One of the unforeseen challenges of the COVID-19 pandemic has been the continued distribution of goods and services in a safe and efficient manner. Utmost care and responsiveness are required to ensure that both workers and consumers are protected from the virus. This is doubly important in less urbanized areas where the large companies and the national government have difficulty reaching.
Davao-based BDO Network Bank, the largest rural bank in the Philippines, recognized the differing needs of clients of the rural banking sector, who are often lack the options and services available to those in Metro Manila.
“Our overall objective is ‘How can we maintain our capacity to serve our communities as much as we can?’ because we know that unlike banks in the highly urbanized areas where there are a lot of alternatives, in the communities where we operate, there are not enough providers,” BDO Network Bank President Jesus Antonio S. Itchon said.
To address this need, he noted that the lender has first invested heavily in its COVID-19 continuous screening program, including protective gear and vitamins, to ensure the health and wellness of their employees.
“We have also tried to figure out if there are ways under the current conditions where we can fulfill certain customer requests without them having to come to the bank… We cannot wait for the customers to go to the branch. We actually go to our customers,” Mr. Itchon said.
“At a time when most businesses are working from home, most of our employees are out serving the communities,” he added.
Then, to better serve its client base, BDO Network Bank classified its borrowers into two groups: the government employees who avail of salary loans, and the MSMEs for unsecured loans.
“In terms of proportion, we are still quite heavy on government employees’ salary loans. In terms of their impact on our portfolio, as long as the government employees will continue to be employed and draw a salary, that part of our portfolio is going to be okay,” he said.
“The MSMEs, which is a small but growing part of our portfolio because that is what we have started to grow for the last two years, is clearly being challenged by this pandemic… About half are still operating under the IATF guidelines and we do not expect big issues out of that part of the portfolio,” Mr. Itchon said that even with depressed sales, most are still doing quite well like sari-sari stores.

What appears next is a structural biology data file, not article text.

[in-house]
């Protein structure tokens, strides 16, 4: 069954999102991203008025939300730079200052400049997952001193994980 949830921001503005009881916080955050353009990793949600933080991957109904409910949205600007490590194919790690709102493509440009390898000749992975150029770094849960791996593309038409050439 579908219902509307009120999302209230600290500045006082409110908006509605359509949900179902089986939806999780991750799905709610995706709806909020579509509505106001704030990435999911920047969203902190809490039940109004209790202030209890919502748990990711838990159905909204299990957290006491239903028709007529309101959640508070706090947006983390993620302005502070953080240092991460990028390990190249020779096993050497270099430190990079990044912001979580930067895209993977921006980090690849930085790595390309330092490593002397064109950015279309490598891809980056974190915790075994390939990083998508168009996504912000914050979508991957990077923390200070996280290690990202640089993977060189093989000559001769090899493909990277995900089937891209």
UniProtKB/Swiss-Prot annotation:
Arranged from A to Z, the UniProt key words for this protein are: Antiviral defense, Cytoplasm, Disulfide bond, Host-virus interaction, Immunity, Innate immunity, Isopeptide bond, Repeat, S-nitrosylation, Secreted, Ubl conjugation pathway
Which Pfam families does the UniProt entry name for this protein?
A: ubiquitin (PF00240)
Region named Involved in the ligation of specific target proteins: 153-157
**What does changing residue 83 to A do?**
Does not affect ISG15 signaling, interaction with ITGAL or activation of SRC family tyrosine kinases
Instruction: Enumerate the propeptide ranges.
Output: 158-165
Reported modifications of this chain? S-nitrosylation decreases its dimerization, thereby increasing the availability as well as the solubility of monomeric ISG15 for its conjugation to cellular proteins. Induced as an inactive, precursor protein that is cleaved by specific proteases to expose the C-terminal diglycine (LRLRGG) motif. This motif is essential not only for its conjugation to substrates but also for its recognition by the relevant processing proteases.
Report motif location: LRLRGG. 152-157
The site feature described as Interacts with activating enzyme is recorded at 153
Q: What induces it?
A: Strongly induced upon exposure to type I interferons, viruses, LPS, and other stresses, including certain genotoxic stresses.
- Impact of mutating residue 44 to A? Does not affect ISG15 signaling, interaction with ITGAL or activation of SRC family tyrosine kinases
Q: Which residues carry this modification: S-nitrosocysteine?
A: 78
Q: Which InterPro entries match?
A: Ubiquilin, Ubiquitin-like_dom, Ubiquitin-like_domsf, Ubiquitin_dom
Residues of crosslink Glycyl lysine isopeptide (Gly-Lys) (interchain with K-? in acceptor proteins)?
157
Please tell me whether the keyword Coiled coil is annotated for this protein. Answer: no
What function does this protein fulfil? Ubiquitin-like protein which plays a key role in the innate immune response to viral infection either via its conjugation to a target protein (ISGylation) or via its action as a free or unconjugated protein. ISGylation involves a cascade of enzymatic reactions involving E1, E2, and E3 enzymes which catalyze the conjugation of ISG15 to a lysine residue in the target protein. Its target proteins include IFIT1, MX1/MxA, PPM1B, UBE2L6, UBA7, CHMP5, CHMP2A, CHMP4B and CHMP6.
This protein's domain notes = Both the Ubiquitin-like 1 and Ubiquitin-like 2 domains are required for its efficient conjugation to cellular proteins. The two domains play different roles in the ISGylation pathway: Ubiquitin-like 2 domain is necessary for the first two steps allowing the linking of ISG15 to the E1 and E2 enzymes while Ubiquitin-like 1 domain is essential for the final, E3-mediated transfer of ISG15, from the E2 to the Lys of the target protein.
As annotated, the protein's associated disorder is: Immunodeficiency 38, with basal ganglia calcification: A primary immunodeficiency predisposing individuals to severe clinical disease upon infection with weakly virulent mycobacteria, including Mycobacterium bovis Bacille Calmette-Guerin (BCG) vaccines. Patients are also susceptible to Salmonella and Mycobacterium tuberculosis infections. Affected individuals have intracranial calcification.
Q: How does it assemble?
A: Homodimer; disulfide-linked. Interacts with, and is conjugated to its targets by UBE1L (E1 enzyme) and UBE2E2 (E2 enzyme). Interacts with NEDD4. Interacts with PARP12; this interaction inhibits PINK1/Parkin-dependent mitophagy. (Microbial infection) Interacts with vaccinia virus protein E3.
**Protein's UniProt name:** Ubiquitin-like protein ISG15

The lender then reconsidered previous plans for its expansion and instead directed its efforts towards rebuilding its operations to better suit the conditions of the ‘new normal’.
“For now, we think that our highest priority is to be there for our customers and the communities that we are serving, which means that our employees need to be protected; our processes and the way we make our services available needs to be safer. We will continue working on those things. We think we are in the right direction, but obviously, there are still a lot of things to do,” Mr. Itchon said.
He mentioned that the central bank’s initiatives during the COVID-19 pandemic had been a huge relief in making this shift of priorities possible. The relaxation of reporting and regulation deadlines, he said, are among the most beneficial of these such initiatives.
Since most banks were working on a skeletal workforce, and thus unable to comply with the necessary rules and regulations on time, the effect of relaxing deadlines was that of relief. In addition, the BSP no longer required the submission of hard copies, allowing banks to send soft copies and emails of all the necessary paperwork.
“One thing that this pandemic has taught us: When the traditional channels and the traditional ways of doing business are disrupted and you cannot afford to not serve your customers, it generates a lot of creativity and resourcefulness,” he said.
“We cannot just continue doing what we have always done. What got us to where we were at the start of this pandemic is not the way we are going to get to our next goal. We have to do it differently,” he added.